SpaceX has reportedly signed its first customer to fly on the company’s huge new rocket, the BFR. The passenger will fly on the monster ship around the Moon, though there are no details yet regarding when the trip will happen. SpaceX says it will announce who is flying — and why — on Monday, September 17th.
The BFR, or the Big Falcon Rocket, is the giant rocket that SpaceX is currently developing to send humans to the Moon and Mars. According to a presentation by CEO Elon Musk last year, the BFR design consists of a combined rocket and spaceship, or the BFS for Big Falcon Ship. The main rocket will supposedly have 31 main Raptor engines and be capable of sending up 150 tons to low Earth orbit.
SpaceX has signed the world’s first private passenger to fly around the Moon aboard our BFR launch vehicle—an important step toward enabling access for everyday people who dream of traveling to space. Find out who’s flying and why on Monday, September 17. pic.twitter.com/64z4rygYhk
— SpaceX (@SpaceX) September 14, 2018
In February 2017, SpaceX announced plans to send two passengers around the Moon on the company’s Falcon Heavy rocket, claiming that the flight would happen at the end of 2018. SpaceX never named the passengers, and ultimately Musk admitted during the inaugural flight of the Falcon Heavy that the trip was probably not going to happen. “We’re sort of debating whether to do that on Falcon Heavy or BFR,” Musk told The Verge before the launch in February of this year. “It will sort of depend how well BFR development is going as to whether we focus on BFR for deep-space human flight or whether we do that on Falcon Heavy.”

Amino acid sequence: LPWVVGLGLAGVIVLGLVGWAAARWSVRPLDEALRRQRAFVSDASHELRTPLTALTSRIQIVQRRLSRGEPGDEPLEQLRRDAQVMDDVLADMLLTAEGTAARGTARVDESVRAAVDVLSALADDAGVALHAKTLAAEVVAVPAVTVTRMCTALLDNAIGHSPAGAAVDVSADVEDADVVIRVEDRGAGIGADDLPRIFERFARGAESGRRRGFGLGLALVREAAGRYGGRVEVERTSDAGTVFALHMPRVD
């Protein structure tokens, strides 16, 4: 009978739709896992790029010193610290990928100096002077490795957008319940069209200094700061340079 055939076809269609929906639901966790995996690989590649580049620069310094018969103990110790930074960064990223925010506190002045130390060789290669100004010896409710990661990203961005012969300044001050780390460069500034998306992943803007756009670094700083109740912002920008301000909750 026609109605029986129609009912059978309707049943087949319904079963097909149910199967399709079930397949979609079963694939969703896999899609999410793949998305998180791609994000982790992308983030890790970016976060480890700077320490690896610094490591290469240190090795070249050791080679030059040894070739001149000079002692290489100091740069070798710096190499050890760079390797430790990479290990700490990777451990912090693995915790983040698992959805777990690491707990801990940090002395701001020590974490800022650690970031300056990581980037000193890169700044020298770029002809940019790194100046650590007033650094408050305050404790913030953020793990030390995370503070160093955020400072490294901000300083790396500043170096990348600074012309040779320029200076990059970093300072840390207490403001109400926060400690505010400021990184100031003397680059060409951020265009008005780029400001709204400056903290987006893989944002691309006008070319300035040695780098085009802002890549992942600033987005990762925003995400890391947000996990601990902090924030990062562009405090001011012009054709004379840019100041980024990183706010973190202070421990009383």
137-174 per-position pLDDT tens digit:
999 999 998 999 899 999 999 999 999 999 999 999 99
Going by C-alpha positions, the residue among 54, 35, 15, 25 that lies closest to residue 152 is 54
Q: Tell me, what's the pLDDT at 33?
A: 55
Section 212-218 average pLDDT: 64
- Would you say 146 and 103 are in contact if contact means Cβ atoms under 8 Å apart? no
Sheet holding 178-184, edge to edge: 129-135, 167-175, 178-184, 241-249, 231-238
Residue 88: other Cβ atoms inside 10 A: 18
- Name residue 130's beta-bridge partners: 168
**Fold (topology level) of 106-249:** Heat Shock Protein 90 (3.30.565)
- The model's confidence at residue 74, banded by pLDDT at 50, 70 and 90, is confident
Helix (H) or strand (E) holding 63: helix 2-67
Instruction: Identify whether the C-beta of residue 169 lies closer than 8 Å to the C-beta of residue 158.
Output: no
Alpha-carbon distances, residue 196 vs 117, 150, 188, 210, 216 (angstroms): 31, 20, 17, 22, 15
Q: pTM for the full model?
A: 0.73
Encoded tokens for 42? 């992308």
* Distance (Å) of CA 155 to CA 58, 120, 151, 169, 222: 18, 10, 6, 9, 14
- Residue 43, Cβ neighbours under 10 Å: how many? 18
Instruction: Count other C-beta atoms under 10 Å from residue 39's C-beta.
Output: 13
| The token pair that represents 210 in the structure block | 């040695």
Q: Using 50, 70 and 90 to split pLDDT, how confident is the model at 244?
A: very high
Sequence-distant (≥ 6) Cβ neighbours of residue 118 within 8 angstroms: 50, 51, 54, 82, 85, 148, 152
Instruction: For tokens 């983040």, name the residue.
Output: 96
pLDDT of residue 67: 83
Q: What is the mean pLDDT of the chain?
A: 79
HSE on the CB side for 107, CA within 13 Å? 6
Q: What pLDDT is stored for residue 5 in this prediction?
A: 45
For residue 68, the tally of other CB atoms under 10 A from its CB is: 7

It’s unclear if this new passenger being announced is one of the two original passengers from the Falcon Heavy flight, or a new customer altogether. Musk hinted on Twitter that the customer might be from Japan. SpaceX will presumably give more details on Monday. The company has set up a livestream for the announcement.
Musk gave a detailed presentation about the design for the BFR last September, during the annual International Astronautical Congress. The presentation called for a slimmed down version of the vehicle that he had originally pitched the year before, which would have had 42 main engines instead of 31. However, on Twitter this evening, Musk confirmed that the rendering of the BFR posted by SpaceX for the announcement was a new version of the vehicle.
More Info: www.theverge.com